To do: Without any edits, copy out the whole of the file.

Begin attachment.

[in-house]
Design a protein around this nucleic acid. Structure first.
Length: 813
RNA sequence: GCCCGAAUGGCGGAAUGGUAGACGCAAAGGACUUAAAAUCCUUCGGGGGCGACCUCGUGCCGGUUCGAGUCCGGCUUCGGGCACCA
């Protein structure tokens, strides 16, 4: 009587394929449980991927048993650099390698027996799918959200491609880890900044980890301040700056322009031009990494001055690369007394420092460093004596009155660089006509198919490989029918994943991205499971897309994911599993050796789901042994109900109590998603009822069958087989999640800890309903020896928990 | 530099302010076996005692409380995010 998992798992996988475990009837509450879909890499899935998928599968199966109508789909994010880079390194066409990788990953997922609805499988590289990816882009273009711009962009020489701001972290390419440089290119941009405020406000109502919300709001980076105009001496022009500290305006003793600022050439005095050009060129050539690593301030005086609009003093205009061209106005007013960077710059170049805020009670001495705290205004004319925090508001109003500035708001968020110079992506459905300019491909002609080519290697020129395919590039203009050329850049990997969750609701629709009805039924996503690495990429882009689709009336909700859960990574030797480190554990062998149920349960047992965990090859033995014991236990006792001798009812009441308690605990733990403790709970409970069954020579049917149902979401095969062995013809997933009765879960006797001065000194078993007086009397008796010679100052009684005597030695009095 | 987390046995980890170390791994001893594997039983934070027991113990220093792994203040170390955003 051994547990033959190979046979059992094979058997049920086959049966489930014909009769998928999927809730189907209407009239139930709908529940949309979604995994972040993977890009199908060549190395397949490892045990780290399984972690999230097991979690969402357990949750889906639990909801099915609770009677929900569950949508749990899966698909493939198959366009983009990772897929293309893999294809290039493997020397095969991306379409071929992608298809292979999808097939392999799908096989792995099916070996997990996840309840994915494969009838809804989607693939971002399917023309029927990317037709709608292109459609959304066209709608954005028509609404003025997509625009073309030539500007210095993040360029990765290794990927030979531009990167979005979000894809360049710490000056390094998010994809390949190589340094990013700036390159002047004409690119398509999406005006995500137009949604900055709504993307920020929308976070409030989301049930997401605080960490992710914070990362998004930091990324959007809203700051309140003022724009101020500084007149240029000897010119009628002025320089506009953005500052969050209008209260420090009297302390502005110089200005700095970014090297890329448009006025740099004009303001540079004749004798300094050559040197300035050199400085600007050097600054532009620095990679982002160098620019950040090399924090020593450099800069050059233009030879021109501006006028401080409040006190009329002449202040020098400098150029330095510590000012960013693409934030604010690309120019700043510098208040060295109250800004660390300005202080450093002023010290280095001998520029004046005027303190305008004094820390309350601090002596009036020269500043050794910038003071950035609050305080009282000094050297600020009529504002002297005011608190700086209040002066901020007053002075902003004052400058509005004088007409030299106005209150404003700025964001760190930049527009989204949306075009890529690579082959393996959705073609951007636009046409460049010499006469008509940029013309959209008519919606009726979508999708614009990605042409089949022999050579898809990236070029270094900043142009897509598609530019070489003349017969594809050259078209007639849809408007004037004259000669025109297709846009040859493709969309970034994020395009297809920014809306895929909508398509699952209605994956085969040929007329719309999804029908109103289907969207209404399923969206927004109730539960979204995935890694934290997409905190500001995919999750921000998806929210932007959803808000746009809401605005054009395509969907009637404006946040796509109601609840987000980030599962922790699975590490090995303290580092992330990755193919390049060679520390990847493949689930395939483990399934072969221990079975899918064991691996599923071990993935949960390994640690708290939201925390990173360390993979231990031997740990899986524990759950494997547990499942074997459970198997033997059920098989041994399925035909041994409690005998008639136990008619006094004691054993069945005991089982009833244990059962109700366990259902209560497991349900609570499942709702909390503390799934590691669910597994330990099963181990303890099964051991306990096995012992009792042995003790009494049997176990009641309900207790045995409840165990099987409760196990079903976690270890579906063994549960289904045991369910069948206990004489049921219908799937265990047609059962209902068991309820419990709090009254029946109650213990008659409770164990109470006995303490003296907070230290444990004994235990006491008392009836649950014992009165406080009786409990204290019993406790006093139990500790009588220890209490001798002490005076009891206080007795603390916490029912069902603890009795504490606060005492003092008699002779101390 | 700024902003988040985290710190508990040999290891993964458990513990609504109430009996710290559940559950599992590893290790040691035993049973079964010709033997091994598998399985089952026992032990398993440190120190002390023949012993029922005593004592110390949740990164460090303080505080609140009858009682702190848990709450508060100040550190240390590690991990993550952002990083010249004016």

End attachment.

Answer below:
[in-house]
Design a protein around this nucleic acid. Structure first.
Length: 813
RNA sequence: GCCCGAAUGGCGGAAUGGUAGACGCAAAGGACUUAAAAUCCUUCGGGGGCGACCUCGUGCCGGUUCGAGUCCGGCUUCGGGCACCA
């Protein structure tokens, strides 16, 4: 009587394929449980991927048993650099390698027996799918959200491609880890900044980890301040700056322009031009990494001055690369007394420092460093004596009155660089006509198919490989029918994943991205499971897309994911599993050796789901042994109900109590998603009822069958087989999640800890309903020896928990 | 530099302010076996005692409380995010 998992798992996988475990009837509450879909890499899935998928599968199966109508789909994010880079390194066409990788990953997922609805499988590289990816882009273009711009962009020489701001972290390419440089290119941009405020406000109502919300709001980076105009001496022009500290305006003793600022050439005095050009060129050539690593301030005086609009003093205009061209106005007013960077710059170049805020009670001495705290205004004319925090508001109003500035708001968020110079992506459905300019491909002609080519290697020129395919590039203009050329850049990997969750609701629709009805039924996503690495990429882009689709009336909700859960990574030797480190554990062998149920349960047992965990090859033995014991236990006792001798009812009441308690605990733990403790709970409970069954020579049917149902979401095969062995013809997933009765879960006797001065000194078993007086009397008796010679100052009684005597030695009095 | 987390046995980890170390791994001893594997039983934070027991113990220093792994203040170390955003 051994547990033959190979046979059992094979058997049920086959049966489930014909009769998928999927809730189907209407009239139930709908529940949309979604995994972040993977890009199908060549190395397949490892045990780290399984972690999230097991979690969402357990949750889906639990909801099915609770009677929900569950949508749990899966698909493939198959366009983009990772897929293309893999294809290039493997020397095969991306379409071929992608298809292979999808097939392999799908096989792995099916070996997990996840309840994915494969009838809804989607693939971002399917023309029927990317037709709608292109459609959304066209709608954005028509609404003025997509625009073309030539500007210095993040360029990765290794990927030979531009990167979005979000894809360049710490000056390094998010994809390949190589340094990013700036390159002047004409690119398509999406005006995500137009949604900055709504993307920020929308976070409030989301049930997401605080960490992710914070990362998004930091990324959007809203700051309140003022724009101020500084007149240029000897010119009628002025320089506009953005500052969050209008209260420090009297302390502005110089200005700095970014090297890329448009006025740099004009303001540079004749004798300094050559040197300035050199400085600007050097600054532009620095990679982002160098620019950040090399924090020593450099800069050059233009030879021109501006006028401080409040006190009329002449202040020098400098150029330095510590000012960013693409934030604010690309120019700043510098208040060295109250800004660390300005202080450093002023010290280095001998520029004046005027303190305008004094820390309350601090002596009036020269500043050794910038003071950035609050305080009282000094050297600020009529504002002297005011608190700086209040002066901020007053002075902003004052400058509005004088007409030299106005209150404003700025964001760190930049527009989204949306075009890529690579082959393996959705073609951007636009046409460049010499006469008509940029013309959209008519919606009726979508999708614009990605042409089949022999050579898809990236070029270094900043142009897509598609530019070489003349017969594809050259078209007639849809408007004037004259000669025109297709846009040859493709969309970034994020395009297809920014809306895929909508398509699952209605994956085969040929007329719309999804029908109103289907969207209404399923969206927004109730539960979204995935890694934290997409905190500001995919999750921000998806929210932007959803808000746009809401605005054009395509969907009637404006946040796509109601609840987000980030599962922790699975590490090995303290580092992330990755193919390049060679520390990847493949689930395939483990399934072969221990079975899918064991691996599923071990993935949960390994640690708290939201925390990173360390993979231990031997740990899986524990759950494997547990499942074997459970198997033997059920098989041994399925035909041994409690005998008639136990008619006094004691054993069945005991089982009833244990059962109700366990259902209560497991349900609570499942709702909390503390799934590691669910597994330990099963181990303890099964051991306990096995012992009792042995003790009494049997176990009641309900207790045995409840165990099987409760196990079903976690270890579906063994549960289904045991369910069948206990004489049921219908799937265990047609059962209902068991309820419990709090009254029946109650213990008659409770164990109470006995303490003296907070230290444990004994235990006491008392009836649950014992009165406080009786409990204290019993406790006093139990500790009588220890209490001798002490005076009891206080007795603390916490029912069902603890009795504490606060005492003092008699002779101390 | 700024902003988040985290710190508990040999290891993964458990513990609504109430009996710290559940559950599992590893290790040691035993049973079964010709033997091994598998399985089952026992032990398993440190120190002390023949012993029922005593004592110390949740990164460090303080505080609140009858009682702190848990709450508060100040550190240390590690991990993550952002990083010249004016």